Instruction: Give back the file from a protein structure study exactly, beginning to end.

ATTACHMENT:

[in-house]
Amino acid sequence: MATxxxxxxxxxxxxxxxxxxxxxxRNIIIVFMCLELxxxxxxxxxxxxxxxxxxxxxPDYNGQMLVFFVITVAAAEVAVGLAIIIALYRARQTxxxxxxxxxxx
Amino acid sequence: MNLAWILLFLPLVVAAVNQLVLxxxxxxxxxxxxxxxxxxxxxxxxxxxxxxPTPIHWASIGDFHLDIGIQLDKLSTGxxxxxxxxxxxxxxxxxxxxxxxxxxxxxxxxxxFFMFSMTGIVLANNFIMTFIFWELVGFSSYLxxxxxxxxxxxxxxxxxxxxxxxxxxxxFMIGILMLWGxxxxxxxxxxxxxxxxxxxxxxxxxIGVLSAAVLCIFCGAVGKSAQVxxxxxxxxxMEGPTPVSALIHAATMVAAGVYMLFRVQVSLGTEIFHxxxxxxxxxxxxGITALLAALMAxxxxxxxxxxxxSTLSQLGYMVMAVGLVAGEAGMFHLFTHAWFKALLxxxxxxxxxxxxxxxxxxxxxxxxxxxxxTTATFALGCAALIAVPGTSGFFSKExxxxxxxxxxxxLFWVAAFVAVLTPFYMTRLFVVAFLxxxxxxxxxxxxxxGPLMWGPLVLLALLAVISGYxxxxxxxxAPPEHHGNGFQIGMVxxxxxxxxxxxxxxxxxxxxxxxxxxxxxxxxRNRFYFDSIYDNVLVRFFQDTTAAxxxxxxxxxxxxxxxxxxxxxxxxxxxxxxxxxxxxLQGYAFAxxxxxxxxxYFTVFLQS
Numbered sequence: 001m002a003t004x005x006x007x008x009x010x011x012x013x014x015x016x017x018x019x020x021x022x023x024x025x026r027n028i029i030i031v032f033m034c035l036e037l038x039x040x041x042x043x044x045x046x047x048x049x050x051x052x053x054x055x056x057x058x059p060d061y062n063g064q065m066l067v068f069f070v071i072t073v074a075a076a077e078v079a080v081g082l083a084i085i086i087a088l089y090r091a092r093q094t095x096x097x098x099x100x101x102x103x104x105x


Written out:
[in-house]
Amino acid sequence: MATxxxxxxxxxxxxxxxxxxxxxxRNIIIVFMCLELxxxxxxxxxxxxxxxxxxxxxPDYNGQMLVFFVITVAAAEVAVGLAIIIALYRARQTxxxxxxxxxxx
Amino acid sequence: MNLAWILLFLPLVVAAVNQLVLxxxxxxxxxxxxxxxxxxxxxxxxxxxxxxPTPIHWASIGDFHLDIGIQLDKLSTGxxxxxxxxxxxxxxxxxxxxxxxxxxxxxxxxxxFFMFSMTGIVLANNFIMTFIFWELVGFSSYLxxxxxxxxxxxxxxxxxxxxxxxxxxxxFMIGILMLWGxxxxxxxxxxxxxxxxxxxxxxxxxIGVLSAAVLCIFCGAVGKSAQVxxxxxxxxxMEGPTPVSALIHAATMVAAGVYMLFRVQVSLGTEIFHxxxxxxxxxxxxGITALLAALMAxxxxxxxxxxxxSTLSQLGYMVMAVGLVAGEAGMFHLFTHAWFKALLxxxxxxxxxxxxxxxxxxxxxxxxxxxxxTTATFALGCAALIAVPGTSGFFSKExxxxxxxxxxxxLFWVAAFVAVLTPFYMTRLFVVAFLxxxxxxxxxxxxxxGPLMWGPLVLLALLAVISGYxxxxxxxxAPPEHHGNGFQIGMVxxxxxxxxxxxxxxxxxxxxxxxxxxxxxxxxRNRFYFDSIYDNVLVRFFQDTTAAxxxxxxxxxxxxxxxxxxxxxxxxxxxxxxxxxxxxLQGYAFAxxxxxxxxxYFTVFLQS
Numbered sequence: 001m002a003t004x005x006x007x008x009x010x011x012x013x014x015x016x017x018x019x020x021x022x023x024x025x026r027n028i029i030i031v032f033m034c035l036e037l038x039x040x041x042x043x044x045x046x047x048x049x050x051x052x053x054x055x056x057x058x059p060d061y062n063g064q065m066l067v068f069f070v071i072t073v074a075a076a077e078v079a080v081g082l083a084i085i086i087a088l089y090r091a092r093q094t095x096x097x098x099x100x101x102x103x104x105x